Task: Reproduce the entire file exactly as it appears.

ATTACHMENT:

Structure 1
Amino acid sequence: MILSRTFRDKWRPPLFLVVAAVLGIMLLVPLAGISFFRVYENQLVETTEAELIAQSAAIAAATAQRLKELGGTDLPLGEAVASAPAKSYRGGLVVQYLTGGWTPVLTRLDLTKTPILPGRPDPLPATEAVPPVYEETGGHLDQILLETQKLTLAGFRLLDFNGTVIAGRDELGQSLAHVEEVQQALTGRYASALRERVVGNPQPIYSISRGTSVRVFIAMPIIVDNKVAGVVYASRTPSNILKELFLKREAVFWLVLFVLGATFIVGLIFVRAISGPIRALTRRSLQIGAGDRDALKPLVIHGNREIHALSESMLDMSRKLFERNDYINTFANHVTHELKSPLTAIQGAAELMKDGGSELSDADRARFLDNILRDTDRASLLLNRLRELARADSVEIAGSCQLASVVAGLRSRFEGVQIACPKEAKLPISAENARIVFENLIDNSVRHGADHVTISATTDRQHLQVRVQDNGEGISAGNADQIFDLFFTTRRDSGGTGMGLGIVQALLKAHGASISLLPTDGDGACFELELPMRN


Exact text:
Structure 1
Amino acid sequence: MILSRTFRDKWRPPLFLVVAAVLGIMLLVPLAGISFFRVYENQLVETTEAELIAQSAAIAAATAQRLKELGGTDLPLGEAVASAPAKSYRGGLVVQYLTGGWTPVLTRLDLTKTPILPGRPDPLPATEAVPPVYEETGGHLDQILLETQKLTLAGFRLLDFNGTVIAGRDELGQSLAHVEEVQQALTGRYASALRERVVGNPQPIYSISRGTSVRVFIAMPIIVDNKVAGVVYASRTPSNILKELFLKREAVFWLVLFVLGATFIVGLIFVRAISGPIRALTRRSLQIGAGDRDALKPLVIHGNREIHALSESMLDMSRKLFERNDYINTFANHVTHELKSPLTAIQGAAELMKDGGSELSDADRARFLDNILRDTDRASLLLNRLRELARADSVEIAGSCQLASVVAGLRSRFEGVQIACPKEAKLPISAENARIVFENLIDNSVRHGADHVTISATTDRQHLQVRVQDNGEGISAGNADQIFDLFFTTRRDSGGTGMGLGIVQALLKAHGASISLLPTDGDGACFELELPMRN